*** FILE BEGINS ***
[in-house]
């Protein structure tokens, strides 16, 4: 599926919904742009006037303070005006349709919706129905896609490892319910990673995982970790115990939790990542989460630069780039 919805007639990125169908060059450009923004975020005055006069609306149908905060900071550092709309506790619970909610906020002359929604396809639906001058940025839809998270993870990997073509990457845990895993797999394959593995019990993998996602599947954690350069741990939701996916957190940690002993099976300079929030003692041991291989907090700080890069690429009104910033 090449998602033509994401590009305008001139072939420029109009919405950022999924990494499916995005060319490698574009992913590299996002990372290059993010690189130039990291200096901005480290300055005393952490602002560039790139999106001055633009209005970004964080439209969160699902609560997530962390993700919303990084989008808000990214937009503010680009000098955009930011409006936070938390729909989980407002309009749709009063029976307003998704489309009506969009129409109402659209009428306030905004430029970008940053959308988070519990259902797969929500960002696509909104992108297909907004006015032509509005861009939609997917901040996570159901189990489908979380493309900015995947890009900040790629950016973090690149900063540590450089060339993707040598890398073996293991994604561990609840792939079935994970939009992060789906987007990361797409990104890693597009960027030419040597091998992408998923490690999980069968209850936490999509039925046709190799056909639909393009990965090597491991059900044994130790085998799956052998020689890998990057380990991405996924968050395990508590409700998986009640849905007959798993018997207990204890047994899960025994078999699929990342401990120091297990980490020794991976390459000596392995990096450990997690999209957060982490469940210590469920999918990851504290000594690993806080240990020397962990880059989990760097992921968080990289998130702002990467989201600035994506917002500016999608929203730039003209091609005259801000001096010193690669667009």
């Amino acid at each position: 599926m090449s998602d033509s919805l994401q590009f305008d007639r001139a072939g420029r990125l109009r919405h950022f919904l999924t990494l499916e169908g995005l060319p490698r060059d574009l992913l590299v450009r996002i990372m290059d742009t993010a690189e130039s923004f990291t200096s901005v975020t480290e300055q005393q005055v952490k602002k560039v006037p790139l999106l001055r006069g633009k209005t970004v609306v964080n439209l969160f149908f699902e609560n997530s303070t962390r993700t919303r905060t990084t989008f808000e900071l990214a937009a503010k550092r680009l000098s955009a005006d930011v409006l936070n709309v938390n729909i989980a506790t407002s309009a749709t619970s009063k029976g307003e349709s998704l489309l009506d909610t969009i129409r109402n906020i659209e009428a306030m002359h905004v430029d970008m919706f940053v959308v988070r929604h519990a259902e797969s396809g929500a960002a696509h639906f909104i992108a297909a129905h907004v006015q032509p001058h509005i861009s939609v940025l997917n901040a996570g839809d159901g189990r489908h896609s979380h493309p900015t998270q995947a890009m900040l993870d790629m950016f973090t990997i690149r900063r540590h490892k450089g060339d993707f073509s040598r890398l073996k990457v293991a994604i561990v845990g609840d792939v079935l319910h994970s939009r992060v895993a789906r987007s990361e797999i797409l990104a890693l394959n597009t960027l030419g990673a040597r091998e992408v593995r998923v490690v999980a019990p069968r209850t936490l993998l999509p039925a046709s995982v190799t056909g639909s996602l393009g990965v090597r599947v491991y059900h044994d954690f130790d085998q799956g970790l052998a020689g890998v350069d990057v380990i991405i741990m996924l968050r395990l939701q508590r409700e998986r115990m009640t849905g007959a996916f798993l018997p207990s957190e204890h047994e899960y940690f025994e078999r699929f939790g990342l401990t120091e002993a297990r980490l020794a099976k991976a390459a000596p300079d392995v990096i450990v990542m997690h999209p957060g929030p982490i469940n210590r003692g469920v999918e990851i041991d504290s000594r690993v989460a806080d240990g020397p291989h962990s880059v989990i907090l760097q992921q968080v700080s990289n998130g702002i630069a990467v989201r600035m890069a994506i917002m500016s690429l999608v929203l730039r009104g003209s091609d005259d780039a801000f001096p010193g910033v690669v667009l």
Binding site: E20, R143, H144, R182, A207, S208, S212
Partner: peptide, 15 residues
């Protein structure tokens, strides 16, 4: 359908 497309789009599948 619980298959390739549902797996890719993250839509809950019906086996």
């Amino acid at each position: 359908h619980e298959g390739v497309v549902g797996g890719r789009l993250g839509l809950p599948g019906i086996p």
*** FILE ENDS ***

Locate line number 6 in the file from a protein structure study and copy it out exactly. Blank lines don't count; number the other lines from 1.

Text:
């Protein structure tokens, strides 16, 4: 359908 497309789009599948 619980298959390739549902797996890719993250839509809950019906086996």